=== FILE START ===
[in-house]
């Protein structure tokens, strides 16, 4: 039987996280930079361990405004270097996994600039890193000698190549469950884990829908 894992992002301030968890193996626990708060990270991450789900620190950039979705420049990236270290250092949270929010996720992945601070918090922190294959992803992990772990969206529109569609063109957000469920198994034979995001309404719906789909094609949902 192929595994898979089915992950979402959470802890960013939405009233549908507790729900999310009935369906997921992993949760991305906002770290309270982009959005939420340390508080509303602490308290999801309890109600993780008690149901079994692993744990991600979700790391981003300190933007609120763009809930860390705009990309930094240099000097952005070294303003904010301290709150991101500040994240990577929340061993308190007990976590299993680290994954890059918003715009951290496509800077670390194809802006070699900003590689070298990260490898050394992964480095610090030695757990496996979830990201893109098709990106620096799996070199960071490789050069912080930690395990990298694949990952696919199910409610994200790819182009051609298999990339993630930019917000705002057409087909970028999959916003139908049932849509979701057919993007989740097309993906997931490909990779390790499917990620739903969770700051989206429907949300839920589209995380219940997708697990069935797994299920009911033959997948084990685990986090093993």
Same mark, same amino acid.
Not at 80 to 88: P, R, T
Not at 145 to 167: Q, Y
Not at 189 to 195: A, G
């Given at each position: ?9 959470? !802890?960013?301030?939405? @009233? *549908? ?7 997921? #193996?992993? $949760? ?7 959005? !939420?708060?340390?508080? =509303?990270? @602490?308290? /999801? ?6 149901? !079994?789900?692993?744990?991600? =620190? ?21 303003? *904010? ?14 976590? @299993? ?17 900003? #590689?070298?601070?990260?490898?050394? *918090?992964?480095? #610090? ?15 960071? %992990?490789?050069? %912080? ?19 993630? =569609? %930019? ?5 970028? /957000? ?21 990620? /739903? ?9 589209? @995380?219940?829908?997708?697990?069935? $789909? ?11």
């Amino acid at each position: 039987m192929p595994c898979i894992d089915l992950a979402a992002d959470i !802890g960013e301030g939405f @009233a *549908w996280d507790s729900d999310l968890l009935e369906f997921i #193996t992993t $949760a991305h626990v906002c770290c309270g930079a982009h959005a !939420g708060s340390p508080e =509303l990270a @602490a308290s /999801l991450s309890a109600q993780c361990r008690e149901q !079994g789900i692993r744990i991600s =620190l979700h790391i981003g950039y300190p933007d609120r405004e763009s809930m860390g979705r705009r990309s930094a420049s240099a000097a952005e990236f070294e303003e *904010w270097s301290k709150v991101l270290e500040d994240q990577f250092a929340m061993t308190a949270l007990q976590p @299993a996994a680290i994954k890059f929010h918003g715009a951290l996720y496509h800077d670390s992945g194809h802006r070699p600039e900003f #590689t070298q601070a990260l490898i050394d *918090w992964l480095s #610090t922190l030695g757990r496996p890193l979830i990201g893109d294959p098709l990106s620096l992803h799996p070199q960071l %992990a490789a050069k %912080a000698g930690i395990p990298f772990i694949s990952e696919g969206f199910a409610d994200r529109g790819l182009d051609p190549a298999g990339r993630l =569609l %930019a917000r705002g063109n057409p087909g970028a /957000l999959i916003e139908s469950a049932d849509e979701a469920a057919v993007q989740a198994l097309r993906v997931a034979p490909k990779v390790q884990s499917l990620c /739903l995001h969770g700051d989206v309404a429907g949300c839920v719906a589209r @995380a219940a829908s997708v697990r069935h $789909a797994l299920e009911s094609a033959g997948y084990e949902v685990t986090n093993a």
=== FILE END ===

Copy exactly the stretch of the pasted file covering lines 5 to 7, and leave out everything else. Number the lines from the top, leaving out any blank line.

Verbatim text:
Not at 145 to 167: Q, Y
Not at 189 to 195: A, G
């Given at each position: ?9 959470? !802890?960013?301030?939405? @009233? *549908? ?7 997921? #193996?992993? $949760? ?7 959005? !939420?708060?340390?508080? =509303?990270? @602490?308290? /999801? ?6 149901? !079994?789900?692993?744990?991600? =620190? ?21 303003? *904010? ?14 976590? @299993? ?17 900003? #590689?070298?601070?990260?490898?050394? *918090?992964?480095? #610090? ?15 960071? %992990?490789?050069? %912080? ?19 993630? =569609? %930019? ?5 970028? /957000? ?21 990620? /739903? ?9 589209? @995380?219940?829908?997708?697990?069935? $789909? ?11």